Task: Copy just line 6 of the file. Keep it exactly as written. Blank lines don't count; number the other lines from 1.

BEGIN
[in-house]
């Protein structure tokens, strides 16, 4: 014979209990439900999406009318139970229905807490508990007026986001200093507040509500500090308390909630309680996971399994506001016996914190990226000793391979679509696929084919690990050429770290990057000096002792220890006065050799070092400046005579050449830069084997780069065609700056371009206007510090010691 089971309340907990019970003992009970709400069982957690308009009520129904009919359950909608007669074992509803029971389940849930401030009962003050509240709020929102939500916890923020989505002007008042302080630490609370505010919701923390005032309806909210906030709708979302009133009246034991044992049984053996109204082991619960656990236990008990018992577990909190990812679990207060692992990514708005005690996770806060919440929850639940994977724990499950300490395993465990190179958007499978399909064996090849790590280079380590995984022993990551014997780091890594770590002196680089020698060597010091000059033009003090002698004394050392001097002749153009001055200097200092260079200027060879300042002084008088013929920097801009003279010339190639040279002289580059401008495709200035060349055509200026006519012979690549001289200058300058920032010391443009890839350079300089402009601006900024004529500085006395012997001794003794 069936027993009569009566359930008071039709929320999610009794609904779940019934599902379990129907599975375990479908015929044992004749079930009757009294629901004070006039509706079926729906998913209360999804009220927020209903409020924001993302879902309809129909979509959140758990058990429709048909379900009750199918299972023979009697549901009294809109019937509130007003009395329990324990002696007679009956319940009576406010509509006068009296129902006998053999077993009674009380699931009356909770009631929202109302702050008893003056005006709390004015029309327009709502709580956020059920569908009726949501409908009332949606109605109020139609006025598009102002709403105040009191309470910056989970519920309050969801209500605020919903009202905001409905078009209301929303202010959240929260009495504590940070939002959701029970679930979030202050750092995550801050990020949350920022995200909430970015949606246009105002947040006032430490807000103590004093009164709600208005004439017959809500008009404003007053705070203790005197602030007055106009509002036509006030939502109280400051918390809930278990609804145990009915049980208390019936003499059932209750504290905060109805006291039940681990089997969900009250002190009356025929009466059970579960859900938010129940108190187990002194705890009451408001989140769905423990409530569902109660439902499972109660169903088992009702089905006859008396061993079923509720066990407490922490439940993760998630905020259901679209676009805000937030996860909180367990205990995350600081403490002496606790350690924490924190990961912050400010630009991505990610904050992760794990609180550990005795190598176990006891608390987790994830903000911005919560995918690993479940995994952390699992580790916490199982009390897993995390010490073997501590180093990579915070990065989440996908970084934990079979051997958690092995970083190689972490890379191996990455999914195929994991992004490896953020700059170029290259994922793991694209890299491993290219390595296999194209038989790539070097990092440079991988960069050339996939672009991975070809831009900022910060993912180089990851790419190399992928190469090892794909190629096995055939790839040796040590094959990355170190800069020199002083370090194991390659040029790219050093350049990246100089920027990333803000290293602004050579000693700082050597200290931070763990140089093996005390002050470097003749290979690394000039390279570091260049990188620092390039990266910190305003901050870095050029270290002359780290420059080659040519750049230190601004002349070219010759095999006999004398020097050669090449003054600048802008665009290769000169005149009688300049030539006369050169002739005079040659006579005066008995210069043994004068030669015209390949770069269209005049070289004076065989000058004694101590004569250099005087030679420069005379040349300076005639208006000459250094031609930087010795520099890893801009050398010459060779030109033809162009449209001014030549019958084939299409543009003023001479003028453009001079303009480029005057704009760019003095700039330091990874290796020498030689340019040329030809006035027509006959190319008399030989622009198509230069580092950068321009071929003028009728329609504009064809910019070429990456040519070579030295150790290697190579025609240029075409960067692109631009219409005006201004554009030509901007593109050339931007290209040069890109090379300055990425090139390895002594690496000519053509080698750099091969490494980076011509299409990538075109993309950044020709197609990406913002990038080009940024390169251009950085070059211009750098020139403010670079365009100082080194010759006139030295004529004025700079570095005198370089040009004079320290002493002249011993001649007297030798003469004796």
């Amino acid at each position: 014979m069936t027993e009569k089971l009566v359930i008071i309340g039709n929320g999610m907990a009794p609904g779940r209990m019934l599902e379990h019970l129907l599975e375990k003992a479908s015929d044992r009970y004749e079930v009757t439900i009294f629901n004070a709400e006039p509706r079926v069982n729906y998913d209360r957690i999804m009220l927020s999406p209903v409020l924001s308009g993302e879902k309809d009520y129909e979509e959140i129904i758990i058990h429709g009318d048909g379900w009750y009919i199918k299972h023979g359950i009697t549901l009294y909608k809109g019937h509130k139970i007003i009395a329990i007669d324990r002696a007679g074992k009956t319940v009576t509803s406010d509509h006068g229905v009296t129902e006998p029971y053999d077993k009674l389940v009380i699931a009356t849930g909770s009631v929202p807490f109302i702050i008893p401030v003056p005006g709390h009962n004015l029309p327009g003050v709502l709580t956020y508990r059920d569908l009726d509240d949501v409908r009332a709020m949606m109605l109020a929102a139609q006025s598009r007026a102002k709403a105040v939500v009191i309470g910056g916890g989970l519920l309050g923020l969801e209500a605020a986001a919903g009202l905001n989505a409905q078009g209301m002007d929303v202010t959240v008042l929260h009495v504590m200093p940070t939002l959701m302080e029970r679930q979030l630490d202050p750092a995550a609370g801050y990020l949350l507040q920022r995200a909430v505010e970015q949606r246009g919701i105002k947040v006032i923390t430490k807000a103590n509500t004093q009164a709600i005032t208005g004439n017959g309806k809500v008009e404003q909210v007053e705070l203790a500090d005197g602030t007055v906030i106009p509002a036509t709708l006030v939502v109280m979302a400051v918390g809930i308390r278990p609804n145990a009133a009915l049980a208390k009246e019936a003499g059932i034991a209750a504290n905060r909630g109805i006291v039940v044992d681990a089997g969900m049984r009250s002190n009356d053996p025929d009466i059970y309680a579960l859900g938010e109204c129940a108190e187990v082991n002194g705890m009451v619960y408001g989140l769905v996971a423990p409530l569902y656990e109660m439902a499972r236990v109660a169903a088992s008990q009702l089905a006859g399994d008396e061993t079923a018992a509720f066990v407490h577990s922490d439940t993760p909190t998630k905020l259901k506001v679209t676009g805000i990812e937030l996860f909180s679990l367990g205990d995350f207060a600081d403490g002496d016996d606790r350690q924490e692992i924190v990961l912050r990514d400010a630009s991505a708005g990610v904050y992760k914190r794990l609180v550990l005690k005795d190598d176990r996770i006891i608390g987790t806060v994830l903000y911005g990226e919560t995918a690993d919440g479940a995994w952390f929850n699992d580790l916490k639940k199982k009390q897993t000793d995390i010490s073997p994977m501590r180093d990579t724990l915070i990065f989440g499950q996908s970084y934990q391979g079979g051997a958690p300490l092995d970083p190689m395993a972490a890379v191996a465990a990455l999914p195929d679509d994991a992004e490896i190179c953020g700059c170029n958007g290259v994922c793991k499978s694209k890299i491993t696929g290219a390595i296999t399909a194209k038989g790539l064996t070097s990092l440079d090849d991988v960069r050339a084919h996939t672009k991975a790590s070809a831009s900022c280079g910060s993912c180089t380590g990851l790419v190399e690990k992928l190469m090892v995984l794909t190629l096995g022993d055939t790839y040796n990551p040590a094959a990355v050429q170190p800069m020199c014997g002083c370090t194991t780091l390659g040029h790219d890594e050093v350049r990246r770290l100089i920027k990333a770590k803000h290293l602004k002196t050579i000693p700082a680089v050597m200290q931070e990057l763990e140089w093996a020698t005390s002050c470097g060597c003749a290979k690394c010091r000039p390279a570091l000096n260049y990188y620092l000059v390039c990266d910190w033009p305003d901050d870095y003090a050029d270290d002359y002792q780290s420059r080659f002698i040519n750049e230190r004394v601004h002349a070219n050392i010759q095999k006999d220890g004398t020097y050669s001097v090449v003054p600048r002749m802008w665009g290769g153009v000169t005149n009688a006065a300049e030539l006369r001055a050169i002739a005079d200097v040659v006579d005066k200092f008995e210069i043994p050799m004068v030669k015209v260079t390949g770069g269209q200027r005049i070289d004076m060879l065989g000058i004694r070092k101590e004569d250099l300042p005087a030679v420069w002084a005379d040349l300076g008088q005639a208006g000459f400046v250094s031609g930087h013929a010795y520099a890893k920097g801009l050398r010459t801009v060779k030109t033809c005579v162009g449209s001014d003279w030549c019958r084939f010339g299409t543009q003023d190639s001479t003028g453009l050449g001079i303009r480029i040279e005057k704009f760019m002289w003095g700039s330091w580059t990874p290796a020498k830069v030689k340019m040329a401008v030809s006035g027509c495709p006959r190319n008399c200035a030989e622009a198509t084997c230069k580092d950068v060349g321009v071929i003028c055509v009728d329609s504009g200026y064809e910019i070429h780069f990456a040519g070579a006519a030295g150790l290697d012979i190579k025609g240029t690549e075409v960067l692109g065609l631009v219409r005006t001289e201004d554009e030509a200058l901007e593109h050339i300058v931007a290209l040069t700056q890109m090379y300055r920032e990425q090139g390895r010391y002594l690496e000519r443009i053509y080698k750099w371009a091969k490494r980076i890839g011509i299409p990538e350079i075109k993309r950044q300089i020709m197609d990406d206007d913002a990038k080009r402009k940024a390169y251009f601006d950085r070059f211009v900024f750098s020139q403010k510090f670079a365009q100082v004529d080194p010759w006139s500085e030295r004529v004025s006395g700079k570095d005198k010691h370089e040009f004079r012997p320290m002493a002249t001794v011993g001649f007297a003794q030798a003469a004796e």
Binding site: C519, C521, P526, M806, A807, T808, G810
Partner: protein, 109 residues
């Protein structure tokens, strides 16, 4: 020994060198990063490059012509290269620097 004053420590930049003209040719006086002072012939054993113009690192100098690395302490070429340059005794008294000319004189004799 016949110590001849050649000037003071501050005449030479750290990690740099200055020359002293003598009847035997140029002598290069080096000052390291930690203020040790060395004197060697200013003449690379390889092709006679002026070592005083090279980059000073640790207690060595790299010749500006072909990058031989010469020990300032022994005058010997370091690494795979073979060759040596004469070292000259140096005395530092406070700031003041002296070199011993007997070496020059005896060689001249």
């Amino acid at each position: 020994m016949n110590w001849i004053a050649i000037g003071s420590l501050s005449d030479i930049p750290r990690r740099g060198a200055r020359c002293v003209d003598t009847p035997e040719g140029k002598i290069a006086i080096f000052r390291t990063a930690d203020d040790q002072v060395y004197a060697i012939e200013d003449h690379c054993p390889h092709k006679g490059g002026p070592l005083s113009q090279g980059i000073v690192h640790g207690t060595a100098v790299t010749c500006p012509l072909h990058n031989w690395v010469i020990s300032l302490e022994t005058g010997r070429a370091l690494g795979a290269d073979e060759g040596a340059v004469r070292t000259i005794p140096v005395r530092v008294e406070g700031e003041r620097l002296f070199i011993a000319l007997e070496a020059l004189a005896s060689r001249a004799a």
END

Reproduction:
């Protein structure tokens, strides 16, 4: 020994060198990063490059012509290269620097 004053420590930049003209040719006086002072012939054993113009690192100098690395302490070429340059005794008294000319004189004799 016949110590001849050649000037003071501050005449030479750290990690740099200055020359002293003598009847035997140029002598290069080096000052390291930690203020040790060395004197060697200013003449690379390889092709006679002026070592005083090279980059000073640790207690060595790299010749500006072909990058031989010469020990300032022994005058010997370091690494795979073979060759040596004469070292000259140096005395530092406070700031003041002296070199011993007997070496020059005896060689001249």